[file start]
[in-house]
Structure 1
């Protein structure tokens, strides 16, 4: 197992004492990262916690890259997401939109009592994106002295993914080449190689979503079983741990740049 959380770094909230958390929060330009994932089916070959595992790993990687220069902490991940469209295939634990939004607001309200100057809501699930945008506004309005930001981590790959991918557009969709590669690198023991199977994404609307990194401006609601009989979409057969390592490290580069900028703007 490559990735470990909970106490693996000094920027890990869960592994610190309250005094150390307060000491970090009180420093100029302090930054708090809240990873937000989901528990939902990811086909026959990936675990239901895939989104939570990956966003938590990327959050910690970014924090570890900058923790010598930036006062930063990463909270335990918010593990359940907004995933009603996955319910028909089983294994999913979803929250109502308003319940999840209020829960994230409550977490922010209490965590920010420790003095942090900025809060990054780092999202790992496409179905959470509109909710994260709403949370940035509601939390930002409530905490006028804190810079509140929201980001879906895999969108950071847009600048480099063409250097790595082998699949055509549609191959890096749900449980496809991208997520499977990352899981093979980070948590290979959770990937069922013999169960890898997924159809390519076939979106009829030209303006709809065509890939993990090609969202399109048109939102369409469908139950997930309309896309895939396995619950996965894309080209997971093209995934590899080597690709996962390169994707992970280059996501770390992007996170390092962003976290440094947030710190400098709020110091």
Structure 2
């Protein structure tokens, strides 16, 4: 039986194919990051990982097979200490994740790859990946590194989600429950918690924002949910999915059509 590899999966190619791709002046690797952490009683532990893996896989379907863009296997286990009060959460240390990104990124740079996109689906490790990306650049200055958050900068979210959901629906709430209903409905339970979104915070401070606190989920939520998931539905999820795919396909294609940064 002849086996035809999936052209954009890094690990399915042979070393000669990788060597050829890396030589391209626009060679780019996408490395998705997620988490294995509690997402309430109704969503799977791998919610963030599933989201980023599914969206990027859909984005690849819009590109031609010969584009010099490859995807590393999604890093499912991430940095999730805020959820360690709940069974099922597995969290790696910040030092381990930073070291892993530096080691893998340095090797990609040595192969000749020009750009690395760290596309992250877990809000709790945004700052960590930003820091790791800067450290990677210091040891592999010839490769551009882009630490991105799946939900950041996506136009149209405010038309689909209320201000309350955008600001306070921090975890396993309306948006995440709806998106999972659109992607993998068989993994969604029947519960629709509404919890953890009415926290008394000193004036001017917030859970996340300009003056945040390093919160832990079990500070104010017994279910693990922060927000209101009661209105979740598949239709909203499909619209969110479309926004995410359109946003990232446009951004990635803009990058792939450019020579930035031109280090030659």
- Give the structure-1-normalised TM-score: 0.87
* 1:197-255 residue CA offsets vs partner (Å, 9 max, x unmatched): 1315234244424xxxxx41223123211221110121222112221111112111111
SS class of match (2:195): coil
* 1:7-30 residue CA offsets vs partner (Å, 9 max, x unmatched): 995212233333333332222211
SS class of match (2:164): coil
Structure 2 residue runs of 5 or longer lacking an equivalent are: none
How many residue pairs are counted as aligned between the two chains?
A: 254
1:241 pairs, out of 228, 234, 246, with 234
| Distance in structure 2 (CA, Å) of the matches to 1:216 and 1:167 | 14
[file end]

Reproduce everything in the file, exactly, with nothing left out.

[in-house]
Structure 1
């Protein structure tokens, strides 16, 4: 197992004492990262916690890259997401939109009592994106002295993914080449190689979503079983741990740049 959380770094909230958390929060330009994932089916070959595992790993990687220069902490991940469209295939634990939004607001309200100057809501699930945008506004309005930001981590790959991918557009969709590669690198023991199977994404609307990194401006609601009989979409057969390592490290580069900028703007 490559990735470990909970106490693996000094920027890990869960592994610190309250005094150390307060000491970090009180420093100029302090930054708090809240990873937000989901528990939902990811086909026959990936675990239901895939989104939570990956966003938590990327959050910690970014924090570890900058923790010598930036006062930063990463909270335990918010593990359940907004995933009603996955319910028909089983294994999913979803929250109502308003319940999840209020829960994230409550977490922010209490965590920010420790003095942090900025809060990054780092999202790992496409179905959470509109909710994260709403949370940035509601939390930002409530905490006028804190810079509140929201980001879906895999969108950071847009600048480099063409250097790595082998699949055509549609191959890096749900449980496809991208997520499977990352899981093979980070948590290979959770990937069922013999169960890898997924159809390519076939979106009829030209303006709809065509890939993990090609969202399109048109939102369409469908139950997930309309896309895939396995619950996965894309080209997971093209995934590899080597690709996962390169994707992970280059996501770390992007996170390092962003976290440094947030710190400098709020110091």
Structure 2
């Protein structure tokens, strides 16, 4: 039986194919990051990982097979200490994740790859990946590194989600429950918690924002949910999915059509 590899999966190619791709002046690797952490009683532990893996896989379907863009296997286990009060959460240390990104990124740079996109689906490790990306650049200055958050900068979210959901629906709430209903409905339970979104915070401070606190989920939520998931539905999820795919396909294609940064 002849086996035809999936052209954009890094690990399915042979070393000669990788060597050829890396030589391209626009060679780019996408490395998705997620988490294995509690997402309430109704969503799977791998919610963030599933989201980023599914969206990027859909984005690849819009590109031609010969584009010099490859995807590393999604890093499912991430940095999730805020959820360690709940069974099922597995969290790696910040030092381990930073070291892993530096080691893998340095090797990609040595192969000749020009750009690395760290596309992250877990809000709790945004700052960590930003820091790791800067450290990677210091040891592999010839490769551009882009630490991105799946939900950041996506136009149209405010038309689909209320201000309350955008600001306070921090975890396993309306948006995440709806998106999972659109992607993998068989993994969604029947519960629709509404919890953890009415926290008394000193004036001017917030859970996340300009003056945040390093919160832990079990500070104010017994279910693990922060927000209101009661209105979740598949239709909203499909619209969110479309926004995410359109946003990232446009951004990635803009990058792939450019020579930035031109280090030659």
- Give the structure-1-normalised TM-score: 0.87
* 1:197-255 residue CA offsets vs partner (Å, 9 max, x unmatched): 1315234244424xxxxx41223123211221110121222112221111112111111
SS class of match (2:195): coil
* 1:7-30 residue CA offsets vs partner (Å, 9 max, x unmatched): 995212233333333332222211
SS class of match (2:164): coil
Structure 2 residue runs of 5 or longer lacking an equivalent are: none
How many residue pairs are counted as aligned between the two chains?
A: 254
1:241 pairs, out of 228, 234, 246, with 234
| Distance in structure 2 (CA, Å) of the matches to 1:216 and 1:167 | 14